Stone's black Porsche pulled into Wrigley Field's parking lot more than an hour before a Giants game last week. Fans came up with baseballs, bags, and bubblegum cards for him to autograph. Then he led us through the Cubs offices and out onto the field. "This is the work," said Stone, pulling out a Cuban cigar. "This is how you make the show. You want to give viewers something they can't get in the newspapers."
We were on the visitors' side of the ballpark, and the lawn was full of Giants stretching and squirming through warm-ups. Clean, perfectly coiffed, their uniforms gleaming--they looked like they'd been bred in hothouses. The sun sparkled off their gold chains. Stone approached one player about a sinus infection. "It got, like, if I ran, my teeth hurt. My gums hurt," said the player. Stone went up to another. "Are you running better than I saw you running last year?"
Stone collected a litany of injuries. "I don't take notes when I talk to players," he told us later. "I just talk. I don't want them to be threatened when they talk to me. A lot of guys get embittered by the press over the years and they don't talk to them."
Stone keeps their secrets. "I'm not a journalist," he says. He was no more honest with the press about his injuries than players today are about theirs. "If I have a bad arm, I'm going to try and play through it. People are always trying to take your job." He told us about Wally Pipp's hangover. The Yankees got some guy named Lou Gehrig to take his place that day at first base. Pipp never played first base again for the Yankees.
Up in the broadcast booth, Sun-Times sports columnist Ron Rapoport was filling in for Harry. Rapoport wanted to start out as color man, then switch to play-by-play in the third inning. A play-by-play announcer has to immediately identify things like jump step, line drive to left field, sinking fastball, quick-breaking slider, and bounding ball left side deep short.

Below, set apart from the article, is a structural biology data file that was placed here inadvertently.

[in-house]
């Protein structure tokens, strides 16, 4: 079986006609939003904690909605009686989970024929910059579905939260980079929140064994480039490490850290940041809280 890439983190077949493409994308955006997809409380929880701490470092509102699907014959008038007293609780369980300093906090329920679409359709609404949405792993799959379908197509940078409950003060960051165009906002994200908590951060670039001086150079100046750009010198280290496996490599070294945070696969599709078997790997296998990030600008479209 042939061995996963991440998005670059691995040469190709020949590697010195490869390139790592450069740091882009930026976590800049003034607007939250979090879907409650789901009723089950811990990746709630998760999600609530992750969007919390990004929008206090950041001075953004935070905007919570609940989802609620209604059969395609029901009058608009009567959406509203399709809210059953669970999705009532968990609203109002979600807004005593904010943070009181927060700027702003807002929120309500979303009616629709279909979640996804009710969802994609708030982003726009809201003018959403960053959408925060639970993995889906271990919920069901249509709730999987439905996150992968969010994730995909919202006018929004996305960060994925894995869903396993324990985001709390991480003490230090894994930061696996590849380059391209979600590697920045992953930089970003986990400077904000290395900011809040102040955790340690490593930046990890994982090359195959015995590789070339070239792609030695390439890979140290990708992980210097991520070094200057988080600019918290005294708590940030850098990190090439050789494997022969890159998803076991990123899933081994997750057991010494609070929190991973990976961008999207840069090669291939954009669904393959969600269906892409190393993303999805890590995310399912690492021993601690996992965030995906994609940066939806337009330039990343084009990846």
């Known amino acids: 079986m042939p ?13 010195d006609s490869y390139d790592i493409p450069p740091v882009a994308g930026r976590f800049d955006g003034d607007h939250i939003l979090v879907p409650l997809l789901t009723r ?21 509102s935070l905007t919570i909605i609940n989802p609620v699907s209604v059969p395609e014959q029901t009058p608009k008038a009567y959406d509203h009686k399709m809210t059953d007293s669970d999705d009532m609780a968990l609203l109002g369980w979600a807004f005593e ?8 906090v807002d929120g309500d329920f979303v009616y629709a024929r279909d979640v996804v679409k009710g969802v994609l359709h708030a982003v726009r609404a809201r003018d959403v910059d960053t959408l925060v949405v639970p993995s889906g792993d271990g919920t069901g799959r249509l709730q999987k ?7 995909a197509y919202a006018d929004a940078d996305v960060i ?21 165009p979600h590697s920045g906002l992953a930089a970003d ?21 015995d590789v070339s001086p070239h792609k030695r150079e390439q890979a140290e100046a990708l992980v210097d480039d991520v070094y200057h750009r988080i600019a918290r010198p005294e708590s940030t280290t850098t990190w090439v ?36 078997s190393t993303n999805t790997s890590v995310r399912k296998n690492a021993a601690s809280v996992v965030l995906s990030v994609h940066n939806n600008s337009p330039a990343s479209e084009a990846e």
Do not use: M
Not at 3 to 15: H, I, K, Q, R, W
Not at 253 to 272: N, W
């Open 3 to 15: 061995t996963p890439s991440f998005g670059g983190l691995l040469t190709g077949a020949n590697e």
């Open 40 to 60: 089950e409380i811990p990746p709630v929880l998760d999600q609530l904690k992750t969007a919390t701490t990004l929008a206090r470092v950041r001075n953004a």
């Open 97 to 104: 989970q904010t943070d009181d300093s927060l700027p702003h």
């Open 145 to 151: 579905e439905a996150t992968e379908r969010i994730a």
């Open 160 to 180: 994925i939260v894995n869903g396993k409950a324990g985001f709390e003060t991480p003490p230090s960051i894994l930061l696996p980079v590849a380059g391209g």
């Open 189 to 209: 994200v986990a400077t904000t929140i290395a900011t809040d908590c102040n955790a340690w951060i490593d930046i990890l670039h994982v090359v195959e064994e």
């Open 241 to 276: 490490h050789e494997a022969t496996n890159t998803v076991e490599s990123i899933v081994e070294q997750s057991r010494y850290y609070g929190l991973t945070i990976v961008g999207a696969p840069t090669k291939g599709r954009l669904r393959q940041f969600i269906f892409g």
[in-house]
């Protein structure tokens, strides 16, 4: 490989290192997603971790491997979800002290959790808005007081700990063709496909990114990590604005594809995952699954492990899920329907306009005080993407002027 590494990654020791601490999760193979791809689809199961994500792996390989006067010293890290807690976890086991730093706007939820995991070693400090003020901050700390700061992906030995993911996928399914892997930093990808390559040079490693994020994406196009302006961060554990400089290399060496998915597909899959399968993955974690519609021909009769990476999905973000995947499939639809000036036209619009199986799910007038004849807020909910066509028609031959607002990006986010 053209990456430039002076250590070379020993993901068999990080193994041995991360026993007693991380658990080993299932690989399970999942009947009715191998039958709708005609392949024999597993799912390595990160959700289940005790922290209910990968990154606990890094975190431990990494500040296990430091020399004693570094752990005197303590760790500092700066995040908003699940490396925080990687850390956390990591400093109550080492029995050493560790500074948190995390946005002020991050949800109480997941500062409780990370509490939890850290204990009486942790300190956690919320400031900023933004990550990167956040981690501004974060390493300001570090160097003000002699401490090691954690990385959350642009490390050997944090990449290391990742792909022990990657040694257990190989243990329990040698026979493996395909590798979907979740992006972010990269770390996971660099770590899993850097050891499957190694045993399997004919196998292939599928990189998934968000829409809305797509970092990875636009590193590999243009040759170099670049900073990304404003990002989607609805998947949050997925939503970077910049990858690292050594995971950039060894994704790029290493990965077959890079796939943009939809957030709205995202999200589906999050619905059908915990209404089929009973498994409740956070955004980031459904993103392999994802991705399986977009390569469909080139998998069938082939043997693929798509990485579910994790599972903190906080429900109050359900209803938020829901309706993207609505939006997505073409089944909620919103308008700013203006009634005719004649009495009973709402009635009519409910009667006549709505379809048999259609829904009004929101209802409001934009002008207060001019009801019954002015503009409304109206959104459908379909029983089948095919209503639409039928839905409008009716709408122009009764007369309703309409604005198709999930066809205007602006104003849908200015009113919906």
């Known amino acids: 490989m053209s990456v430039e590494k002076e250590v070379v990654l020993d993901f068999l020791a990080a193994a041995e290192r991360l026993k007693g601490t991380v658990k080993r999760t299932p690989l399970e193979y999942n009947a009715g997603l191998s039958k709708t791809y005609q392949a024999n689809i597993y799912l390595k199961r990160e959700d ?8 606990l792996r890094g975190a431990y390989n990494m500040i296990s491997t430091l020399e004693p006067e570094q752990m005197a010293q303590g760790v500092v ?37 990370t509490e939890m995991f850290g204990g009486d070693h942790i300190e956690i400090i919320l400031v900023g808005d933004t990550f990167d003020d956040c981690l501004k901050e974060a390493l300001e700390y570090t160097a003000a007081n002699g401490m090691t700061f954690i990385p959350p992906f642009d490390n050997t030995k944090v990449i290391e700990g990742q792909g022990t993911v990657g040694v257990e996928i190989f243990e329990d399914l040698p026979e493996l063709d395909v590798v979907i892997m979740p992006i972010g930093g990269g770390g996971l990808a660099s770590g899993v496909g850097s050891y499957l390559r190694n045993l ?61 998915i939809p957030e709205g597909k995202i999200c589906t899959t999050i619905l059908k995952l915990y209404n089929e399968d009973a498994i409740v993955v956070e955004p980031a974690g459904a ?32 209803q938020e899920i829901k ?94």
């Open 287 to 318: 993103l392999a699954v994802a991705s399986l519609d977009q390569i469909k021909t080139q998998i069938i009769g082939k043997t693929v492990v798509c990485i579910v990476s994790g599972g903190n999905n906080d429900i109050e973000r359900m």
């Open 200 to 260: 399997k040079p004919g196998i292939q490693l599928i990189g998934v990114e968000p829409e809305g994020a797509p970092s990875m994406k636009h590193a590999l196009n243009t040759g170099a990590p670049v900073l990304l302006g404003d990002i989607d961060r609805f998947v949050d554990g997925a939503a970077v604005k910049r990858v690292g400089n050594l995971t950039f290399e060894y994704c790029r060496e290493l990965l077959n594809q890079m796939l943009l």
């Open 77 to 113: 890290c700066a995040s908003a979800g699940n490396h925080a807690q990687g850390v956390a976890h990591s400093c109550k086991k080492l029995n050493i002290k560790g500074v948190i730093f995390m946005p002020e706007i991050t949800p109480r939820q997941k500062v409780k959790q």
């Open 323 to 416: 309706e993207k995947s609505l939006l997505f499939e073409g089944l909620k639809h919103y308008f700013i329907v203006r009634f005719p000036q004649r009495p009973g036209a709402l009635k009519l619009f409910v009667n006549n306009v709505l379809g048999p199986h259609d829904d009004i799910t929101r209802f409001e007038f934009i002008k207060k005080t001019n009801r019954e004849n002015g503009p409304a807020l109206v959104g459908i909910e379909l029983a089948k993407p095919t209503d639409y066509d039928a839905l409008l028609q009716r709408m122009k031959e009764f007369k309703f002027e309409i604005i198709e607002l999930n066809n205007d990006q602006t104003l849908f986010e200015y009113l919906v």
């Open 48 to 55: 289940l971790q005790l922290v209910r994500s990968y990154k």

Rapoport did an inning of play-by-play on TV and an inning on radio. He kept getting behind and he went back to color. "I guess it was a good thing to me in terms of humility," he told us later.
Color is explaining why things happen. Last Sunday, Tribune columnist Steve Daley said during a replay, "Well, it looks like he missed the base." Daley told us later a good color man would have said, "He didn't look at the coach to tell him to stop or go"--the kind of observation that offers insight. "I know Chico Walker is in left field," said Daley. "But I cannot remember his name."
You never talk during a pitch. Then there's timing--when to talk about the game, when to talk about lunch, when to argue if Pete Rose was better than Rod Carew. "Keeping the audience when the score is 10 to 1 is Harry's genius," said Stone.
All the guest Harries have gotten things wrong. The wrong score. The wrong hitters. The wrong direction of the ball. Every mistake conceivable. We fans at home don't see the nudges, notes, and signals that pass between Stone, Harry-for-a-day, and sports editor Jack Rosenberg, assistant director Joe Cornejo, and director Arne Harris in the booth.
"We try to make it as easy as possible for these fellas," said Stone. "We want 'em to have fun. They've all been nervous. They all want to look good. They all have their friends watching. They have their tapes going at home--and they'll keep them for life."
Art accompanying story in printed newspaper (not available in this archive): photo/Bruce Powell.